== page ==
CLEVELAND — The state is prepping for rollout of Northeast Ohio’s first non-pop-up mass vaccination clinic at Cleveland State University’s Wolstein Center.

What You Need To Know

  • Cleveland State University’s Wolstein Center will open as Northeast Ohio’s first non-pop-up mass vaccination clinic on March 17, following a soft launch on Tuesday

  • Ohioans who want an appointment at the Wolstein Center clinic can register at Ohio’s online Vaccination Management System

  • Gov. Mike DeWine will make a stop there Tuesday to oversee the soft launch, when 1,500 Ohioans in underserved populations will receive the vaccine

  • Parking will be free on streets adjacent to the center and in Cleveland State’s parking garages and free public transportation will be offered

The clinic is set to open for scheduled appointments on Wednesday, March 17, with a soft launch on Tuesday attended by Gov. Mike DeWine. 

The Wolstein Center clinic is located at 2000 Prospect Ave. in East Cleveland and will be open seven days a week from 8 a.m. to 8 p.m. for eight weeks. Vaccinations will be administered inside the building.

Ohioans who want an appointment at the Wolstein Center clinic, or at one of the 15 mass vaccination clinics soon to open, can register at Ohio’s online Vaccination Management System

Residents are directed to fill out a short questionnaire to determine eligibility under the state’s phased roll out plan.

Once eligibility is established, residents are directed to select a mass vaccination location. To choose the Wolstein Center, enter the center’s street address, or its 44115 ZIP code, in the search field and select “book appointment on provider website.”

Those who are not eligible can sign up to be notified when they become eligible.

Appointments are filling quickly and cancellations will be posted on the Vaccination Management System at least 48 hours before the appointment time, said Daniel Tierney, a spokesman for DeWine's office.  

As of Monday, March 15, appointments are still available from March 25 on.

DeWine plans to visit the Wolstein Center during the soft launch, when 1,500 Ohioans will receive their COVID-19 vaccination. Representatives from FEMA, the Ohio National Guard and Ohio Emergency Management Agency will also be on hand.

People vaccinated during the soft launch are primarily those in underserved populations who were referred by the state’s community partner organizations, such as the Urban League of Greater Cleveland, which DeWine visited Sunday, Tierney said. Some appointments were filled by people who signed up on the Vaccination Management System.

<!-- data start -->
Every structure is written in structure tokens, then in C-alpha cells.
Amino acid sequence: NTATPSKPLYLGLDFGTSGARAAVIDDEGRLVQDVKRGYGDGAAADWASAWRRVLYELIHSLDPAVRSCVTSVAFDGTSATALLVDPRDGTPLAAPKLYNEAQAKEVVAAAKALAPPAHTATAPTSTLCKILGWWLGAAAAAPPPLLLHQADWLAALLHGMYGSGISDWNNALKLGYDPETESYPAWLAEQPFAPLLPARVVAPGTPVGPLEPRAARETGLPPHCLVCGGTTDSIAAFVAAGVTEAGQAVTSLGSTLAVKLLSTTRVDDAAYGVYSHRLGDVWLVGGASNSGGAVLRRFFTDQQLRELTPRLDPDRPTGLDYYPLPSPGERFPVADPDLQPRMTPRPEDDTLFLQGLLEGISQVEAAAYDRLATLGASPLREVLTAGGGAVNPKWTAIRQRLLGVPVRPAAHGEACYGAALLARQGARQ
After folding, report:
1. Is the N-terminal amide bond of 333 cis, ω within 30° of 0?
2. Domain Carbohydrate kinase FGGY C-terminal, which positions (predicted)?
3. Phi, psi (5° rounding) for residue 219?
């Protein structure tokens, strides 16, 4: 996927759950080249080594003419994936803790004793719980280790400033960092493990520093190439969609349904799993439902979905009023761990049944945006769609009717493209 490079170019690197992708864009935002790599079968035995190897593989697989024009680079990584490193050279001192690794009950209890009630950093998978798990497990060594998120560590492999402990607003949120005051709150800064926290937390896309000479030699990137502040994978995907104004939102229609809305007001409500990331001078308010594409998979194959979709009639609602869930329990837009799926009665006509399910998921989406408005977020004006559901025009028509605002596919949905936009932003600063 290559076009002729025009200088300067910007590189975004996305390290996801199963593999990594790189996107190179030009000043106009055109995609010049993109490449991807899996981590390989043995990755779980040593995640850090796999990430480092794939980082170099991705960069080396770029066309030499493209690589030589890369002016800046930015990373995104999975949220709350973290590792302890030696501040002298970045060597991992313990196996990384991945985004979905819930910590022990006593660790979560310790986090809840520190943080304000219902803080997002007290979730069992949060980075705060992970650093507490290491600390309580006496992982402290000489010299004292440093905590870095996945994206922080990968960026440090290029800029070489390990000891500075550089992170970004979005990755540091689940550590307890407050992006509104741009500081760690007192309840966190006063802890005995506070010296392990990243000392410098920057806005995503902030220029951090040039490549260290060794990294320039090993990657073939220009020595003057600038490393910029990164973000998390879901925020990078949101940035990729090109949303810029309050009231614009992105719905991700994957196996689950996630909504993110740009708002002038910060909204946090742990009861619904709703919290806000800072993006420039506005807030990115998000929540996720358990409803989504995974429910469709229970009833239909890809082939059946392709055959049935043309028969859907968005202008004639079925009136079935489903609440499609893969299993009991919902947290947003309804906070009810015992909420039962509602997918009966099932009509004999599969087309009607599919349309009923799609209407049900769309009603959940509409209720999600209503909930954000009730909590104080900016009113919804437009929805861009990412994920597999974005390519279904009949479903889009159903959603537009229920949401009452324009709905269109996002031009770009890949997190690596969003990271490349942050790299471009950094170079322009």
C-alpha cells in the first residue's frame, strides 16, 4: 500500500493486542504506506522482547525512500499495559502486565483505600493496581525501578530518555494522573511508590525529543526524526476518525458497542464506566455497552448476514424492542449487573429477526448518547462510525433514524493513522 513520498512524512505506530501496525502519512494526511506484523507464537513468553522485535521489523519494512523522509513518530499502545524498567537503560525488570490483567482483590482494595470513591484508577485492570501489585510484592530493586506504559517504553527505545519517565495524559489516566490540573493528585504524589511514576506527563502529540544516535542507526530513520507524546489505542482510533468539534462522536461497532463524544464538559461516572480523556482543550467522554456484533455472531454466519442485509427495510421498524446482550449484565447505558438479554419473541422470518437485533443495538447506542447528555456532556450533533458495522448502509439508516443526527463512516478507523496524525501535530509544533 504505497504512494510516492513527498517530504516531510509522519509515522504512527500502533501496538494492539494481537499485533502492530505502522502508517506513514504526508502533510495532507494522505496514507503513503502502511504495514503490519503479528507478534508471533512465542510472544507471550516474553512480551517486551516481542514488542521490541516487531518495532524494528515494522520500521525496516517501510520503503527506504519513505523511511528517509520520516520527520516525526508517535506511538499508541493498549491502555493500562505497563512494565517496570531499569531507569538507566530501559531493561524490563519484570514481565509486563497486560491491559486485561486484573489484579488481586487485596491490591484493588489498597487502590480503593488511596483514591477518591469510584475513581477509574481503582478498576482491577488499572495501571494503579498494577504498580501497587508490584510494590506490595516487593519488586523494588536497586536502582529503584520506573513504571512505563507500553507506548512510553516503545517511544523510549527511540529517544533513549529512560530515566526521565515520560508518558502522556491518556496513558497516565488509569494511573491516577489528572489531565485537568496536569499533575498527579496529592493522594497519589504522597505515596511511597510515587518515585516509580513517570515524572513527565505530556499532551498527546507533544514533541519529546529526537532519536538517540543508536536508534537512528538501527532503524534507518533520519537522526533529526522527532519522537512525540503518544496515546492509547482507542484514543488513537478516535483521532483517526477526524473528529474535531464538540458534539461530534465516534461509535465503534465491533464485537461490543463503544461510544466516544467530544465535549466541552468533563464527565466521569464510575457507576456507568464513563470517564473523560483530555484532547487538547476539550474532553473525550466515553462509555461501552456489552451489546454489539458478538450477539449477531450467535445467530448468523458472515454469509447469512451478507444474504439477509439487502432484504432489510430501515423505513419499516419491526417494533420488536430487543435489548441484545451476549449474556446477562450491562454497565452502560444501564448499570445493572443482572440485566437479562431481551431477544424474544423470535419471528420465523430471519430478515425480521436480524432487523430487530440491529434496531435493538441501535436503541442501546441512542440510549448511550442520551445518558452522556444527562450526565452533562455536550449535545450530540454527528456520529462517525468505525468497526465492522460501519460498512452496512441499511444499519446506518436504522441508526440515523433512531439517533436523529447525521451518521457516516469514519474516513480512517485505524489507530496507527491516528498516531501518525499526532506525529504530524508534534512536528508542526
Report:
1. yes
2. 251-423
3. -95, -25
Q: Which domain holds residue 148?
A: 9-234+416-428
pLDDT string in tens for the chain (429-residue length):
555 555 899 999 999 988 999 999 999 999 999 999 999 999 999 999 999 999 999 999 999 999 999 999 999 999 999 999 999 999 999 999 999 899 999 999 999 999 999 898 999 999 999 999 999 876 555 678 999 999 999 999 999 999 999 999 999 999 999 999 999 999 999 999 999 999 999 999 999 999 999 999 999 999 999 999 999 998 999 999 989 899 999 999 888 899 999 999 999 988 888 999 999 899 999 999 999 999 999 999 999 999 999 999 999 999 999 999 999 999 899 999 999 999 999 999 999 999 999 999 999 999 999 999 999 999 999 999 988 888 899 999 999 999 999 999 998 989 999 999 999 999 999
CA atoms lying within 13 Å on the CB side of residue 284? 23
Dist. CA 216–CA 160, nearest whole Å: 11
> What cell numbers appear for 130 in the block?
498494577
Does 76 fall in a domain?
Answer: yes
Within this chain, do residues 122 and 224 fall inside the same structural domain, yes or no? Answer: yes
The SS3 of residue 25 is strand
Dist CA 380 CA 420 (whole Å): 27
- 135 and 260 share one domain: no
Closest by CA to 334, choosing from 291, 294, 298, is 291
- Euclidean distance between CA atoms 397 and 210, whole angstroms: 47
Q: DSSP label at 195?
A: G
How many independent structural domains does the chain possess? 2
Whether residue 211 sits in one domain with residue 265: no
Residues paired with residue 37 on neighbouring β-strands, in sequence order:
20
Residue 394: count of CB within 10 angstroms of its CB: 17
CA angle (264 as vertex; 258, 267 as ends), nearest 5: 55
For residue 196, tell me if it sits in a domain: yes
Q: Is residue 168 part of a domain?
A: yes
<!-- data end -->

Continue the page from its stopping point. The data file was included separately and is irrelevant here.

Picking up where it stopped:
“That's part of our equity plan to try and reach underserved communities, as well as those who are socially vulnerable,” Tierney said. “We're doing those community partners first, because that's how many people in underserved communities get health care information, and sometimes health care services.”

At least 210,000 doses of the two-dose Pfizer vaccine, followed by the one-dose Johnson & Johnson vaccine, will be administered to Ohioans over the eight-weeks the Wolstein Center clinic will be running, he said.

The clinic is expected to have the capacity to vaccinate up to 6,000 people per day, but will begin with fewer appointments, increasing the number of vaccinations incrementally each day, the state said.

The city of Cleveland will offer free parking for residents who attend the clinic. Cleveland State is also offering free parking in its parking garages.

For help registering and to schedule free transportation, Cuyahoga County residents should call 2-1-1.  RTA will offer a free all-day RTA bus pass, and will provide free shuttle services to parking lots near the Wolstein Center, the RTA said in a statement.

Cleveland-area residents 60 and older also can access the city’s Senior Transportation Connection by calling 216-265-1489. Seniors can schedule a ride online but must do so three days in advance. First-time users have to register.

Ohio’s additional 15 mass vaccination clinics, which are expected to be open soon, will be operational as long as they are needed, the state said.